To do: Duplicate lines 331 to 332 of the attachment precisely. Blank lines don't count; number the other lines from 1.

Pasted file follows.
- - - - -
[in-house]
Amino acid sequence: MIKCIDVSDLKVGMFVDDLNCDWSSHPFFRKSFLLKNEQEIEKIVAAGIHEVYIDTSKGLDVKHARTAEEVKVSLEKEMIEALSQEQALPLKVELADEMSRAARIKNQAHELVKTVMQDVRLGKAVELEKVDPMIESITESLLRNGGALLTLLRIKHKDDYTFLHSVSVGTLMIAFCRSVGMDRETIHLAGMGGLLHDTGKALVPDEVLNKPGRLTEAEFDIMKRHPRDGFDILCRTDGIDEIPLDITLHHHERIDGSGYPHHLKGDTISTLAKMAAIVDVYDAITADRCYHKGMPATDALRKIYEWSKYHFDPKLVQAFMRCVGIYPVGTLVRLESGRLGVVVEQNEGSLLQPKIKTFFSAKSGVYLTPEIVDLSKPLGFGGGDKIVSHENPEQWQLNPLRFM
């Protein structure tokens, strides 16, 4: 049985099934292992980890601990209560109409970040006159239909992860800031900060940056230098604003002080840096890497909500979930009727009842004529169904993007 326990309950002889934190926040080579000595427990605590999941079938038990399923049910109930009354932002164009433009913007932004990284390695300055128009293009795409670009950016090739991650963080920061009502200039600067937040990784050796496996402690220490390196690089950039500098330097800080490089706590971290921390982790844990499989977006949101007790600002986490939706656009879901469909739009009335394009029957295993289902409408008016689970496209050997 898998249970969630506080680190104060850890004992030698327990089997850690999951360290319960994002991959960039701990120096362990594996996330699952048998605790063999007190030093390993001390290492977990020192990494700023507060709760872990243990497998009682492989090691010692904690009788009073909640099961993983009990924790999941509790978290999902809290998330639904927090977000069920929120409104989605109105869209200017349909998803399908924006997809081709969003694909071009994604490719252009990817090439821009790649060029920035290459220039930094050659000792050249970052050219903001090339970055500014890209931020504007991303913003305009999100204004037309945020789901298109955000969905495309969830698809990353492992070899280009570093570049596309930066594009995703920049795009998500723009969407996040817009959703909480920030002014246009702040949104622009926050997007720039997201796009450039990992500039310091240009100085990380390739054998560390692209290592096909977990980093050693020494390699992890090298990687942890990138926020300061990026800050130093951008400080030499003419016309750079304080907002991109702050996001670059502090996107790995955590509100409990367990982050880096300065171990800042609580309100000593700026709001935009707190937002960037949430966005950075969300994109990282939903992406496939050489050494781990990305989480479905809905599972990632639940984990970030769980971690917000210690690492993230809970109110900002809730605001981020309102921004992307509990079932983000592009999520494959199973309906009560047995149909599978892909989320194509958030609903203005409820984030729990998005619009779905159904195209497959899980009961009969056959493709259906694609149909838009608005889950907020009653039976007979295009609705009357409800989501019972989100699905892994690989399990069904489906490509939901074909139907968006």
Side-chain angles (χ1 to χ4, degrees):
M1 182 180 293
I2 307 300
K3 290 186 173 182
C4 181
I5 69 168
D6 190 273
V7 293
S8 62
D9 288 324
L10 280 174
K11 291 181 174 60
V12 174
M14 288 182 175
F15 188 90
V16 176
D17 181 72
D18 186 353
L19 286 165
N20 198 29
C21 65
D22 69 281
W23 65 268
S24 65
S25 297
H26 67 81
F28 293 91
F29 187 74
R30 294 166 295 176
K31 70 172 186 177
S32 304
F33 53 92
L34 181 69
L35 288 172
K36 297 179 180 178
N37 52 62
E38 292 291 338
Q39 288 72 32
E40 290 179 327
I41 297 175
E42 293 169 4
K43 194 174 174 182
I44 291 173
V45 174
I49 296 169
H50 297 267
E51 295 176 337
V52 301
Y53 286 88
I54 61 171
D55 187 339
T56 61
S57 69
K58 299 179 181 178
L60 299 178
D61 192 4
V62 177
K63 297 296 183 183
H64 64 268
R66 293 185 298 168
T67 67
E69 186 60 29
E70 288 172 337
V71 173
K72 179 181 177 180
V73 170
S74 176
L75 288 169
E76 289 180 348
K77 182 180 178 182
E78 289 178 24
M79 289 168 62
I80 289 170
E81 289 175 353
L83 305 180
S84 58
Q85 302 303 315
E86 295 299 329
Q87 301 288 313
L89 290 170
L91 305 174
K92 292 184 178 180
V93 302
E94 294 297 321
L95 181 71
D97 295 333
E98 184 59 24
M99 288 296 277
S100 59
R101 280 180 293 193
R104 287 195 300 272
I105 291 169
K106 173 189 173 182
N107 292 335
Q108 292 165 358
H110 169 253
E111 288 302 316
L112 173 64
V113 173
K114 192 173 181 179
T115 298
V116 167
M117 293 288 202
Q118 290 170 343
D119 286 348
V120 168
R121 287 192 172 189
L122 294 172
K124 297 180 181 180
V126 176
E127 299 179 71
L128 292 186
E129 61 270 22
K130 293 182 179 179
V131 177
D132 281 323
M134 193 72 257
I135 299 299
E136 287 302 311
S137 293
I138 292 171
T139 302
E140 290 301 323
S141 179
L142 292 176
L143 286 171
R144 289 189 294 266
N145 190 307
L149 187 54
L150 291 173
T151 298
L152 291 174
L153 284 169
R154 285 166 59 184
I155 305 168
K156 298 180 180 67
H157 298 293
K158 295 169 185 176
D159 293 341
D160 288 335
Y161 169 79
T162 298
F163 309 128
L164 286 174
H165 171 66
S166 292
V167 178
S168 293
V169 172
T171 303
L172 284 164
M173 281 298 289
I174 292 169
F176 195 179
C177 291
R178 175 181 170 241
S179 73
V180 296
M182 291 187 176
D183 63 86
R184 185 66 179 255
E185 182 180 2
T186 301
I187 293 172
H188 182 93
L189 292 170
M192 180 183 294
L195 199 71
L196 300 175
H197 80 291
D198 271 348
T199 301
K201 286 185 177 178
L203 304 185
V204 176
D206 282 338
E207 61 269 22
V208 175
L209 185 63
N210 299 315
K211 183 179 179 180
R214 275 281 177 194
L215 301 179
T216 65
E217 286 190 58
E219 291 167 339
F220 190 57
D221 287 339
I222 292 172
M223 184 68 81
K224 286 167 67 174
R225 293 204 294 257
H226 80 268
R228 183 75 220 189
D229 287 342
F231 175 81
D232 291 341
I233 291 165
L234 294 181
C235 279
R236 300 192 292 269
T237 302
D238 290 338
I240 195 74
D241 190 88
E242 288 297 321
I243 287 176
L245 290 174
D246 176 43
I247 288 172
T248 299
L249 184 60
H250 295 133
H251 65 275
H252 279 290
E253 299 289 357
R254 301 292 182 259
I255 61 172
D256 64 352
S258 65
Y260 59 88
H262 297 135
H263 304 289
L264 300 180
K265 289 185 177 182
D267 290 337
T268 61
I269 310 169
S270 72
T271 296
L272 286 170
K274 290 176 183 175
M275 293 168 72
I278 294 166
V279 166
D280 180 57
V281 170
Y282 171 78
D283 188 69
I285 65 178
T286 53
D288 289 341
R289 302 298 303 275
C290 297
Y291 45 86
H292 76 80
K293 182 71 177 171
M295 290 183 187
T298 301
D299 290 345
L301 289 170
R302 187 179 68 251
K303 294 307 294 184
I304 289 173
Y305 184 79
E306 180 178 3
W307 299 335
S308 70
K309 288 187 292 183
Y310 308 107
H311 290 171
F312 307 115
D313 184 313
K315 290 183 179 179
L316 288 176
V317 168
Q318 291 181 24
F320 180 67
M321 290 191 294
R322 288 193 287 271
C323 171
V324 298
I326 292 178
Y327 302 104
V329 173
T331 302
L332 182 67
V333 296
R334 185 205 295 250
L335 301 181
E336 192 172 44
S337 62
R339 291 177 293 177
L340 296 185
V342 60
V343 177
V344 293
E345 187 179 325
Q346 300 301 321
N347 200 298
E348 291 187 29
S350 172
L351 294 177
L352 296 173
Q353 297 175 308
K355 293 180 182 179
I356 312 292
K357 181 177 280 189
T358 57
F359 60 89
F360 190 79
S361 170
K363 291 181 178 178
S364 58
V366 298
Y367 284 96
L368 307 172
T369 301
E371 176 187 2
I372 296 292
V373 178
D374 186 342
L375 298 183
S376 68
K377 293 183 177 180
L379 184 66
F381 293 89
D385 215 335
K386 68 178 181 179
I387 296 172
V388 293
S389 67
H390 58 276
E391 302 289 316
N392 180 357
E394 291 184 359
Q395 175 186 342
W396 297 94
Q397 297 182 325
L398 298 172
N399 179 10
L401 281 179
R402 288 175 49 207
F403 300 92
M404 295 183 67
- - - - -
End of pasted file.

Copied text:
W396 297 94
Q397 297 182 325